From the beginning, the theme nothing has been prevalent. "Nothing will come of nothing," (1.1.95) Lear says to his beloved daughter in the first act of the play. The quote sets the story by meaning that Cordelia will not receive anything until she professes her love for her father. As Cordelia is an honest daughter of Lear, lying to her father like her two older sisters have was a challenged. She truly loves him the most; she cannot bring herself to praise him falsely. Instead, she says “I love your majesty according to my bond, no more nor less” (1.1.97-98). In this short dialogue between Lear and Cordelia, the word ‘nothing’ is said four times. What's notable is that each time it is said, it implies a different meaning. The purpose …show more content…
No, you unnatural hags!” (2.4.308-312)
Lear delivers these lines after he has been driven to the end of his rope by the cruelties of Goneril and Regan. He articulates how unnatural their acts are towards him. When his daughters ask to take away his knights and attendants, he feels as though his power has been taken away from him. The way Goneril and Regan treated their father drives him mad. Like the end of the soliloquy states, he is unable to bear the realization of his daughters’ terrible betrayal. Despite his attempt to assert his authority, Lear finds himself powerless; all he can do is vent his rage.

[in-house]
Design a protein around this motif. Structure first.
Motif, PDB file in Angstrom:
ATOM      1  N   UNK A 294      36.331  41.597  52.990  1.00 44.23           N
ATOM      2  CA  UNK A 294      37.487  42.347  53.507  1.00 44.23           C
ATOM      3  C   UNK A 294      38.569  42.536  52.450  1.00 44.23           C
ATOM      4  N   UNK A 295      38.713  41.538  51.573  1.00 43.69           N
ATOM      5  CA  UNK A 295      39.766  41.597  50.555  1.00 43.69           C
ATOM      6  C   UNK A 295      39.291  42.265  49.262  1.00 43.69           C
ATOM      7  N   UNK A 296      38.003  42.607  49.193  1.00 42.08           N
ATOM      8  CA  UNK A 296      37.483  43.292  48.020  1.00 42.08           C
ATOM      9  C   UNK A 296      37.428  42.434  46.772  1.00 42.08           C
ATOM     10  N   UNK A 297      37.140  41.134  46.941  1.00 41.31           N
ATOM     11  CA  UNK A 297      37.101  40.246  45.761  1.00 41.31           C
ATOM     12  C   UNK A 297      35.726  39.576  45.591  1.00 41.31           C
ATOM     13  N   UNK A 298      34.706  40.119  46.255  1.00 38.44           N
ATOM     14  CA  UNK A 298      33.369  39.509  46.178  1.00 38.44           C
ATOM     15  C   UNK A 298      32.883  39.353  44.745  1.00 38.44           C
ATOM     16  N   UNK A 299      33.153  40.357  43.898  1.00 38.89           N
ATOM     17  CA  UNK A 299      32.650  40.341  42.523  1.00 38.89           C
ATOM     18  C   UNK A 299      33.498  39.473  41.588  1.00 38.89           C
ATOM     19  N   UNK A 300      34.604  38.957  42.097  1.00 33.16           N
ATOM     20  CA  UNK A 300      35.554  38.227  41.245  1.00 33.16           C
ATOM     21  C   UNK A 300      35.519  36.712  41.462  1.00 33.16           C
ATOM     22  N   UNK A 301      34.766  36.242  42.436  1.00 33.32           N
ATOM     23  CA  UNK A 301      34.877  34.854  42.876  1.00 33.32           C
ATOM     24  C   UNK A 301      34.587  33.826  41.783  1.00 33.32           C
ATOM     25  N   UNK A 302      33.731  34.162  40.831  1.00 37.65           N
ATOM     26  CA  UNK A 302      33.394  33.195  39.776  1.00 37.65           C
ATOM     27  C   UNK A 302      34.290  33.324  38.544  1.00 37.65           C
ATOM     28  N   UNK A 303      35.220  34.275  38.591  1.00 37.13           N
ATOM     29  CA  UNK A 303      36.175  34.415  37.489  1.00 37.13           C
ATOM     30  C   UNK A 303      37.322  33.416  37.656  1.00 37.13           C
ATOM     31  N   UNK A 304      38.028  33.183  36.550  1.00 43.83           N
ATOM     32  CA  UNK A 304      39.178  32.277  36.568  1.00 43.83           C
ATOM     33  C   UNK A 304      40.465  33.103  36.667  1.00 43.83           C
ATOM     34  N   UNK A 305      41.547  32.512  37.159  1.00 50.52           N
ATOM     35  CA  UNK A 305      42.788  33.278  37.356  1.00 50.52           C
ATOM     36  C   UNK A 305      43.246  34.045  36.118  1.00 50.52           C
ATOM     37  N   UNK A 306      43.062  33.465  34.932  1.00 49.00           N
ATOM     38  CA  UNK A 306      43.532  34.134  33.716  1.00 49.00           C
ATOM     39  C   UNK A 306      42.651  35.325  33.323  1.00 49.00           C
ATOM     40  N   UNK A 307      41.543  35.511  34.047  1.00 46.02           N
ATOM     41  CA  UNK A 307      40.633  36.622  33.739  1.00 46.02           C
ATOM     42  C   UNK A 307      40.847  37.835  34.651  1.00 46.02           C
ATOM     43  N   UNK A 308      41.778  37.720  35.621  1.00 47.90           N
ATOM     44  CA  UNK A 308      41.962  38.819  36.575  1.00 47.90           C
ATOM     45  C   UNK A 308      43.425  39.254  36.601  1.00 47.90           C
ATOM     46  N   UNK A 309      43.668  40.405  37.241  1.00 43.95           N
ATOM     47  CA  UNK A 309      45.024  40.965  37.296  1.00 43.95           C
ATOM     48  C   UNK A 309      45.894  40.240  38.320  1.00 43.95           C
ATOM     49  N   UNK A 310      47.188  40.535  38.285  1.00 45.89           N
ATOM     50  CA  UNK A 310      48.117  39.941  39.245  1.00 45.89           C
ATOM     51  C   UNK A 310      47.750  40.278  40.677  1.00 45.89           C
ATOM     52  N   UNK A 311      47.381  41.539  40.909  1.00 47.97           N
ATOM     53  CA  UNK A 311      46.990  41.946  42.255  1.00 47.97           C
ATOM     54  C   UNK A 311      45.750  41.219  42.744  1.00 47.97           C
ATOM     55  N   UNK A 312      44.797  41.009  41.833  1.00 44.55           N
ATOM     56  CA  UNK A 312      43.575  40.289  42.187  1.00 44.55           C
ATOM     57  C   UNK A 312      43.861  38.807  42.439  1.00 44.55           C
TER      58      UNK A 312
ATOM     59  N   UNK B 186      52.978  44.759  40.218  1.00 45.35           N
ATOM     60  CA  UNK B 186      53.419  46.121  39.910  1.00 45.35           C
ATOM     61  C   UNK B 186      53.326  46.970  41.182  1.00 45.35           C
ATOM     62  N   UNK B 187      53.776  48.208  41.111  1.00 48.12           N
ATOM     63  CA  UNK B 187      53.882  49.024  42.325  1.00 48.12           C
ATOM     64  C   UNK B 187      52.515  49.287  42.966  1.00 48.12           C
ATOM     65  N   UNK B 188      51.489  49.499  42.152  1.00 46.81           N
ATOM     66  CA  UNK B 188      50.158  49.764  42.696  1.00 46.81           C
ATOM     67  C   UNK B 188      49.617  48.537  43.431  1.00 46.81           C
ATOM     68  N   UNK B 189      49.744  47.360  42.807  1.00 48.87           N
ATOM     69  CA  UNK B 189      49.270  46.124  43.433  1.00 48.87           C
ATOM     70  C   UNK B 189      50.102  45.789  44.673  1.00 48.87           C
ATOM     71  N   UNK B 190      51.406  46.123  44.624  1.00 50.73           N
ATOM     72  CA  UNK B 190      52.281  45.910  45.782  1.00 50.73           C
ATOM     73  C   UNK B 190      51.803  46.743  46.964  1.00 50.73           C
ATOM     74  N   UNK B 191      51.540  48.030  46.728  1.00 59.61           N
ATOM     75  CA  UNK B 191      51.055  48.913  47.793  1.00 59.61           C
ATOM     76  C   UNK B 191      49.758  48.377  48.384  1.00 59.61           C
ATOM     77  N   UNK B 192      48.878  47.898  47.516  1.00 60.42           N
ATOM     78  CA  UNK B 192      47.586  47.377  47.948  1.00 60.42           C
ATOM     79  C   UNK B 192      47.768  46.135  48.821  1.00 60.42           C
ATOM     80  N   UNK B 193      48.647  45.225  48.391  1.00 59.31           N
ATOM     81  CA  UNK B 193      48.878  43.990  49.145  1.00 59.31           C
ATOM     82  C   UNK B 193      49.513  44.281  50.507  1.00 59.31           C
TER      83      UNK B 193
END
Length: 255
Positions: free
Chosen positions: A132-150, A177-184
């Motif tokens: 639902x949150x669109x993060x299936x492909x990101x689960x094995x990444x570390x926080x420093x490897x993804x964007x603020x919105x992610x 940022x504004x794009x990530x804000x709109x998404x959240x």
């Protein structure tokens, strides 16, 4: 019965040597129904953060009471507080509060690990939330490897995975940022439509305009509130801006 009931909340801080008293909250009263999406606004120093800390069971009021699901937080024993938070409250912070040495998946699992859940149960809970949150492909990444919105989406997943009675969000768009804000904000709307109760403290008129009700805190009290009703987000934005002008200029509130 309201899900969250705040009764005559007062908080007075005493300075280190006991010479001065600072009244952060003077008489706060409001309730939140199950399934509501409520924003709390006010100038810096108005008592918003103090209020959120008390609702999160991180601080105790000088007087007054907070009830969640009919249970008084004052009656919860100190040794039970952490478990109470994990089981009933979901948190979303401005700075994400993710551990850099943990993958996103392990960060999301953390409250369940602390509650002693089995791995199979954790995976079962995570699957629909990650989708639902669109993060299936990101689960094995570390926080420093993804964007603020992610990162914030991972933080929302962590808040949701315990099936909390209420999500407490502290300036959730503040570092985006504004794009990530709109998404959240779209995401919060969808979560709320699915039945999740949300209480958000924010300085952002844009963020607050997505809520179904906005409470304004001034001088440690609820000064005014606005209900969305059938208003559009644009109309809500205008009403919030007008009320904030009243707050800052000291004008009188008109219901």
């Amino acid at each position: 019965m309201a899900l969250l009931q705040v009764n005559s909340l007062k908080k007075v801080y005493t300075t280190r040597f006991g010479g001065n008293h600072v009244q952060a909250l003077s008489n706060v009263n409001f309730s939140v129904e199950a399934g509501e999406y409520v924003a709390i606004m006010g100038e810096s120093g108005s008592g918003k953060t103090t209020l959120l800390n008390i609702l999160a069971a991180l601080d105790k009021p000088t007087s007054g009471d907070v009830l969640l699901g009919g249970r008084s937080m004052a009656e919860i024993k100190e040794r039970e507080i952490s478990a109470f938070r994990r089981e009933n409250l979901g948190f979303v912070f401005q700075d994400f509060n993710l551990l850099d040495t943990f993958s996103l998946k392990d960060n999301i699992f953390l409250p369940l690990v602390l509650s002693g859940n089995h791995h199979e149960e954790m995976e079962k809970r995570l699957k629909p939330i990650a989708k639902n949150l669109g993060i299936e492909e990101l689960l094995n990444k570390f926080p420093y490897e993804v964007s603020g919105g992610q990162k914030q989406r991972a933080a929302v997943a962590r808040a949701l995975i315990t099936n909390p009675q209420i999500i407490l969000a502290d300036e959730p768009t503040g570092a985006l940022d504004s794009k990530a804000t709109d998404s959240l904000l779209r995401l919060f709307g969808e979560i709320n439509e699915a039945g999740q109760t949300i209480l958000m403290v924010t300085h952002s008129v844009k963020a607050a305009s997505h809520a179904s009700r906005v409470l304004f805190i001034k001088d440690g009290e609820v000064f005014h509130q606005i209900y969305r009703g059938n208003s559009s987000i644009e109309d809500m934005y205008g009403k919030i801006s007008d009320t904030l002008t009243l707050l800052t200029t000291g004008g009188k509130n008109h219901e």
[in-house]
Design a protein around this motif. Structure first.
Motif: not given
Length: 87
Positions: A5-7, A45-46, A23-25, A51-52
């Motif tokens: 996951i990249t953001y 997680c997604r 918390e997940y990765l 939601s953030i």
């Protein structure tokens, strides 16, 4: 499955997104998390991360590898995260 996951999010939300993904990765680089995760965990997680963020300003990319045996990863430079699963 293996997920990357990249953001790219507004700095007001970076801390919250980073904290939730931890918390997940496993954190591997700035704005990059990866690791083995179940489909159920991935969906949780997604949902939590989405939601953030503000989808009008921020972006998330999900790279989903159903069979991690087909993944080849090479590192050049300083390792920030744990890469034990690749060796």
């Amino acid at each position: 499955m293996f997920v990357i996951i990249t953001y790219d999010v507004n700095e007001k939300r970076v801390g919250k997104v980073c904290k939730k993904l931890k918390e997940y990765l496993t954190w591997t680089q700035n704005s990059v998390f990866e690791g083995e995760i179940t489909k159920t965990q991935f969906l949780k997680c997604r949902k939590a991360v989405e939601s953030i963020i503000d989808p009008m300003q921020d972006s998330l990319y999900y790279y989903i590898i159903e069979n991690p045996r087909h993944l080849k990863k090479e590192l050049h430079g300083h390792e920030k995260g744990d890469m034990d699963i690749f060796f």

Self-knowledge and Appearance
This theme relates to the sight and blindness theme because it discusses the need for wisdom to tell the difference of misperceptions and the idea of appearances being deceitful. For instance, in the aspect of Lear’s love game, his two elder daughters lied in order to receive half of the kingdom. Also, Edmund lied to his father to frame his brother and titled him a traitor. Within the play, many deceitful acts have been shown, however, Lear seen to undergo a journey in the aspect of